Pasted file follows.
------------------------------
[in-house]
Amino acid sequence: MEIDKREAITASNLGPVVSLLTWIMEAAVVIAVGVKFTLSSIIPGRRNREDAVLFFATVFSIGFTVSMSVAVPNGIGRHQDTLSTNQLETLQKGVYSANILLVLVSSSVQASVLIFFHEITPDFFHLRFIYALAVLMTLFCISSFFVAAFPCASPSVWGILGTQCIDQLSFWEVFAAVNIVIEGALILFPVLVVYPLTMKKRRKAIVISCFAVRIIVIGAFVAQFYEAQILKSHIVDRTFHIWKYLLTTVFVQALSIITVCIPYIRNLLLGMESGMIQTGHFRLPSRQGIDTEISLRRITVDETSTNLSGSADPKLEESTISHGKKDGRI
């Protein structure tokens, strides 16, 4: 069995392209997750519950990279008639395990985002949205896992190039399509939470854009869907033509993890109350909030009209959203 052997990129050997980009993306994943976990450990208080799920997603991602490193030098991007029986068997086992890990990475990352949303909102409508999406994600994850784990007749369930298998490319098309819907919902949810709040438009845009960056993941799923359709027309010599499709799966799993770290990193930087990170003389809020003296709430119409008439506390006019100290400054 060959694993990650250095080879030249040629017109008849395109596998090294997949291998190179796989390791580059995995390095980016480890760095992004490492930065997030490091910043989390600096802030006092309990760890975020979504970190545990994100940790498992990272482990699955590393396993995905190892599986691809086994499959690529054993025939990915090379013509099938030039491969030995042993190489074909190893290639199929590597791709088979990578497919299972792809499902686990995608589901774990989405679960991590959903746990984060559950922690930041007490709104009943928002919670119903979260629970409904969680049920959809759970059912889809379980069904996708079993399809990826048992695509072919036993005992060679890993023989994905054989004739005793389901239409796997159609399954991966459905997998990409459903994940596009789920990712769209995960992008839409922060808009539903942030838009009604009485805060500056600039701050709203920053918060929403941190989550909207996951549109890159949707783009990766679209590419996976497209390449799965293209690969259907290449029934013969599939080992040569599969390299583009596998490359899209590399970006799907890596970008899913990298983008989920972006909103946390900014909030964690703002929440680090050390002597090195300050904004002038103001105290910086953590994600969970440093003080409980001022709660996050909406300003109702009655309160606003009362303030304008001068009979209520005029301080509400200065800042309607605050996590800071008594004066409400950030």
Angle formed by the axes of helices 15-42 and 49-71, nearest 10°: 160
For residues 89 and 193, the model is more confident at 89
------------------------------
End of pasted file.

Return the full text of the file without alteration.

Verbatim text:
[in-house]
Amino acid sequence: MEIDKREAITASNLGPVVSLLTWIMEAAVVIAVGVKFTLSSIIPGRRNREDAVLFFATVFSIGFTVSMSVAVPNGIGRHQDTLSTNQLETLQKGVYSANILLVLVSSSVQASVLIFFHEITPDFFHLRFIYALAVLMTLFCISSFFVAAFPCASPSVWGILGTQCIDQLSFWEVFAAVNIVIEGALILFPVLVVYPLTMKKRRKAIVISCFAVRIIVIGAFVAQFYEAQILKSHIVDRTFHIWKYLLTTVFVQALSIITVCIPYIRNLLLGMESGMIQTGHFRLPSRQGIDTEISLRRITVDETSTNLSGSADPKLEESTISHGKKDGRI
């Protein structure tokens, strides 16, 4: 069995392209997750519950990279008639395990985002949205896992190039399509939470854009869907033509993890109350909030009209959203 052997990129050997980009993306994943976990450990208080799920997603991602490193030098991007029986068997086992890990990475990352949303909102409508999406994600994850784990007749369930298998490319098309819907919902949810709040438009845009960056993941799923359709027309010599499709799966799993770290990193930087990170003389809020003296709430119409008439506390006019100290400054 060959694993990650250095080879030249040629017109008849395109596998090294997949291998190179796989390791580059995995390095980016480890760095992004490492930065997030490091910043989390600096802030006092309990760890975020979504970190545990994100940790498992990272482990699955590393396993995905190892599986691809086994499959690529054993025939990915090379013509099938030039491969030995042993190489074909190893290639199929590597791709088979990578497919299972792809499902686990995608589901774990989405679960991590959903746990984060559950922690930041007490709104009943928002919670119903979260629970409904969680049920959809759970059912889809379980069904996708079993399809990826048992695509072919036993005992060679890993023989994905054989004739005793389901239409796997159609399954991966459905997998990409459903994940596009789920990712769209995960992008839409922060808009539903942030838009009604009485805060500056600039701050709203920053918060929403941190989550909207996951549109890159949707783009990766679209590419996976497209390449799965293209690969259907290449029934013969599939080992040569599969390299583009596998490359899209590399970006799907890596970008899913990298983008989920972006909103946390900014909030964690703002929440680090050390002597090195300050904004002038103001105290910086953590994600969970440093003080409980001022709660996050909406300003109702009655309160606003009362303030304008001068009979209520005029301080509400200065800042309607605050996590800071008594004066409400950030």
Angle formed by the axes of helices 15-42 and 49-71, nearest 10°: 160
For residues 89 and 193, the model is more confident at 89